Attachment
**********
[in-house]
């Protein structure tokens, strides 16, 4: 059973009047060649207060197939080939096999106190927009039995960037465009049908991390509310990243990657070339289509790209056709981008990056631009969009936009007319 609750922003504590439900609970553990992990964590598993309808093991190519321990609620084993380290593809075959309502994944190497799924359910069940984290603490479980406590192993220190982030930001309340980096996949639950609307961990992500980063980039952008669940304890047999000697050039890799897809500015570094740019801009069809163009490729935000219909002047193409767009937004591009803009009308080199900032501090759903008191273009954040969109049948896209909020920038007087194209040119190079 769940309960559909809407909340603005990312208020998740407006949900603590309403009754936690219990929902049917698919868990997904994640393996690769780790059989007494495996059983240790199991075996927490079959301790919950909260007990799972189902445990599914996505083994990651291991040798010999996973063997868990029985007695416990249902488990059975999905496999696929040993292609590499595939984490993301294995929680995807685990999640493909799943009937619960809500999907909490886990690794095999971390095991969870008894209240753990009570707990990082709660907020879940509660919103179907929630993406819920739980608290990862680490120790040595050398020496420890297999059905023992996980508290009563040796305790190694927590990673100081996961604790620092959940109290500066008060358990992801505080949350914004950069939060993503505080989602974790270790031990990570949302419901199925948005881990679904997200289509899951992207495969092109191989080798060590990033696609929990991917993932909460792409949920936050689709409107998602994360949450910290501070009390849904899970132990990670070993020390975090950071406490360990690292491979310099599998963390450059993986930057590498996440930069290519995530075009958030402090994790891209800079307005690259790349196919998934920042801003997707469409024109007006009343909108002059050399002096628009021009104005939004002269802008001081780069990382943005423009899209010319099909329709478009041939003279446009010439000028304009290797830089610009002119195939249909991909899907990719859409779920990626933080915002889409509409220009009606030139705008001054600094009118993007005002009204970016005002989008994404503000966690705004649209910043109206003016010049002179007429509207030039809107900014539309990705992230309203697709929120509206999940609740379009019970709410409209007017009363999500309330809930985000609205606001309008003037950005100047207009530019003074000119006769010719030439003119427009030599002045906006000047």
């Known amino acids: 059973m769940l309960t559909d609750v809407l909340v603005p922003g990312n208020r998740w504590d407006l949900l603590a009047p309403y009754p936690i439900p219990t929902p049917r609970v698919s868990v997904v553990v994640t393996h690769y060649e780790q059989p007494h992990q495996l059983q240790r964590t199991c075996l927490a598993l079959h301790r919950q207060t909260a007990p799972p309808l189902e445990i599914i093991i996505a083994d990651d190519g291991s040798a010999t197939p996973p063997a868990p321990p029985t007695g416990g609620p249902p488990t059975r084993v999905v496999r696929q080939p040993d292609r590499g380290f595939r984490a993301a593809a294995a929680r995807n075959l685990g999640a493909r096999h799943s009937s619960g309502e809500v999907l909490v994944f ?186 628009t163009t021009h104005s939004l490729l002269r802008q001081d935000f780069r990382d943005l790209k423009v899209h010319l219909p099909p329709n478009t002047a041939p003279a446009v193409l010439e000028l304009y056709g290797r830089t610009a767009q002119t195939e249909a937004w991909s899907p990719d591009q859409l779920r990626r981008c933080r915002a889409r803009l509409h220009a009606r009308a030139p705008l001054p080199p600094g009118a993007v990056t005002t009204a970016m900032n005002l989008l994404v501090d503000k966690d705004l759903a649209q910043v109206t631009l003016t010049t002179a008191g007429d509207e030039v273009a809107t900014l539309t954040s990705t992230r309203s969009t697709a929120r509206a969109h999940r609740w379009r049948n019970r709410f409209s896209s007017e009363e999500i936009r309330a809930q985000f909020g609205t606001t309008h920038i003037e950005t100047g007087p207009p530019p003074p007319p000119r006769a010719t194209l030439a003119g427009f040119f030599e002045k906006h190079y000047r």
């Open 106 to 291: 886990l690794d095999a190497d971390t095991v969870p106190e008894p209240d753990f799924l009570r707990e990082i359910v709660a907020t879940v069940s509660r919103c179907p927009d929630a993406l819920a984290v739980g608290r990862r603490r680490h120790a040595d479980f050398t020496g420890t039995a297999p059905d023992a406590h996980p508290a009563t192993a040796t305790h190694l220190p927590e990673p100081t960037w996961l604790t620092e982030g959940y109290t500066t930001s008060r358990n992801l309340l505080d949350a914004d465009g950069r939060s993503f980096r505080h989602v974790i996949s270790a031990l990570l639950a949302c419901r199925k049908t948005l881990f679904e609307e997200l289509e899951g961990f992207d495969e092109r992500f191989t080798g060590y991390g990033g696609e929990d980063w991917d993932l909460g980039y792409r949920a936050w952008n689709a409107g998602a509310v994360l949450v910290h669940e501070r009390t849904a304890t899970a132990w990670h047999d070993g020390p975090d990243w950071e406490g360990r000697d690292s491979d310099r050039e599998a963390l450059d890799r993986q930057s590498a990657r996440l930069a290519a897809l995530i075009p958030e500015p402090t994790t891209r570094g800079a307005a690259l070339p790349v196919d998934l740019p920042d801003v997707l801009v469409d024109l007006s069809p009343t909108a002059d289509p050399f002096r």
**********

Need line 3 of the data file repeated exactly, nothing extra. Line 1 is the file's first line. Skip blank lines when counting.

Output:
């Known amino acids: 059973m769940l309960t559909d609750v809407l909340v603005p922003g990312n208020r998740w504590d407006l949900l603590a009047p309403y009754p936690i439900p219990t929902p049917r609970v698919s868990v997904v553990v994640t393996h690769y060649e780790q059989p007494h992990q495996l059983q240790r964590t199991c075996l927490a598993l079959h301790r919950q207060t909260a007990p799972p309808l189902e445990i599914i093991i996505a083994d990651d190519g291991s040798a010999t197939p996973p063997a868990p321990p029985t007695g416990g609620p249902p488990t059975r084993v999905v496999r696929q080939p040993d292609r590499g380290f595939r984490a993301a593809a294995a929680r995807n075959l685990g999640a493909r096999h799943s009937s619960g309502e809500v999907l909490v994944f ?186 628009t163009t021009h104005s939004l490729l002269r802008q001081d935000f780069r990382d943005l790209k423009v899209h010319l219909p099909p329709n478009t002047a041939p003279a446009v193409l010439e000028l304009y056709g290797r830089t610009a767009q002119t195939e249909a937004w991909s899907p990719d591009q859409l779920r990626r981008c933080r915002a889409r803009l509409h220009a009606r009308a030139p705008l001054p080199p600094g009118a993007v990056t005002t009204a970016m900032n005002l989008l994404v501090d503000k966690d705004l759903a649209q910043v109206t631009l003016t010049t002179a008191g007429d509207e030039v273009a809107t900014l539309t954040s990705t992230r309203s969009t697709a929120r509206a969109h999940r609740w379009r049948n019970r709410f409209s896209s007017e009363e999500i936009r309330a809930q985000f909020g609205t606001t309008h920038i003037e950005t100047g007087p207009p530019p003074p007319p000119r006769a010719t194209l030439a003119g427009f040119f030599e002045k906006h190079y000047r």